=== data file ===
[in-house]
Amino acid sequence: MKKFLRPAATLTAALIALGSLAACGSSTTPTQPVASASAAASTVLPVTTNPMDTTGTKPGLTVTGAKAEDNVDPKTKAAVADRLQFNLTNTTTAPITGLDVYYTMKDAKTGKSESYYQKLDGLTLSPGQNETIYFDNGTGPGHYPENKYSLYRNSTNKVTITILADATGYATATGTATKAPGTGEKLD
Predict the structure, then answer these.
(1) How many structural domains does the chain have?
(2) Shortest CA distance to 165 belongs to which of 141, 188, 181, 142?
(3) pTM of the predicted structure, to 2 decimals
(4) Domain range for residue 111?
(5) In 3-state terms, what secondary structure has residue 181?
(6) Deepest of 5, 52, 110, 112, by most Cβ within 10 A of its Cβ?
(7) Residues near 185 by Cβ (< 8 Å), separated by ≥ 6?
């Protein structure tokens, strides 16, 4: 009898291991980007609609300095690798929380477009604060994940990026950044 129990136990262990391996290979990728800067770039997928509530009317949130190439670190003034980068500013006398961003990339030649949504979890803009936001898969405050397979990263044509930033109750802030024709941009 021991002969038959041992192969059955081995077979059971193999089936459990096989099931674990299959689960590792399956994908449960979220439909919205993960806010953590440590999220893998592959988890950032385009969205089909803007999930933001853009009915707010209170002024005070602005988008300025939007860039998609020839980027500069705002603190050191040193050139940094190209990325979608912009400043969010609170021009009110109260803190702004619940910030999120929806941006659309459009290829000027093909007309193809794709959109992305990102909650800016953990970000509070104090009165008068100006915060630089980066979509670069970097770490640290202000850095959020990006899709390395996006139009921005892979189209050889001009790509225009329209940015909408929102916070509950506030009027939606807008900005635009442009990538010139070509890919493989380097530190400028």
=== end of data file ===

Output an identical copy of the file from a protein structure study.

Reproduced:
[in-house]
Amino acid sequence: MKKFLRPAATLTAALIALGSLAACGSSTTPTQPVASASAAASTVLPVTTNPMDTTGTKPGLTVTGAKAEDNVDPKTKAAVADRLQFNLTNTTTAPITGLDVYYTMKDAKTGKSESYYQKLDGLTLSPGQNETIYFDNGTGPGHYPENKYSLYRNSTNKVTITILADATGYATATGTATKAPGTGEKLD
Predict the structure, then answer these.
(1) How many structural domains does the chain have?
(2) Shortest CA distance to 165 belongs to which of 141, 188, 181, 142?
(3) pTM of the predicted structure, to 2 decimals
(4) Domain range for residue 111?
(5) In 3-state terms, what secondary structure has residue 181?
(6) Deepest of 5, 52, 110, 112, by most Cβ within 10 A of its Cβ?
(7) Residues near 185 by Cβ (< 8 Å), separated by ≥ 6?
């Protein structure tokens, strides 16, 4: 009898291991980007609609300095690798929380477009604060994940990026950044 129990136990262990391996290979990728800067770039997928509530009317949130190439670190003034980068500013006398961003990339030649949504979890803009936001898969405050397979990263044509930033109750802030024709941009 021991002969038959041992192969059955081995077979059971193999089936459990096989099931674990299959689960590792399956994908449960979220439909919205993960806010953590440590999220893998592959988890950032385009969205089909803007999930933001853009009915707010209170002024005070602005988008300025939007860039998609020839980027500069705002603190050191040193050139940094190209990325979608912009400043969010609170021009009110109260803190702004619940910030999120929806941006659309459009290829000027093909007309193809794709959109992305990102909650800016953990970000509070104090009165008068100006915060630089980066979509670069970097770490640290202000850095959020990006899709390395996006139009921005892979189209050889001009790509225009329209940015909408929102916070509950506030009027939606807008900005635009442009990538010139070509890919493989380097530190400028």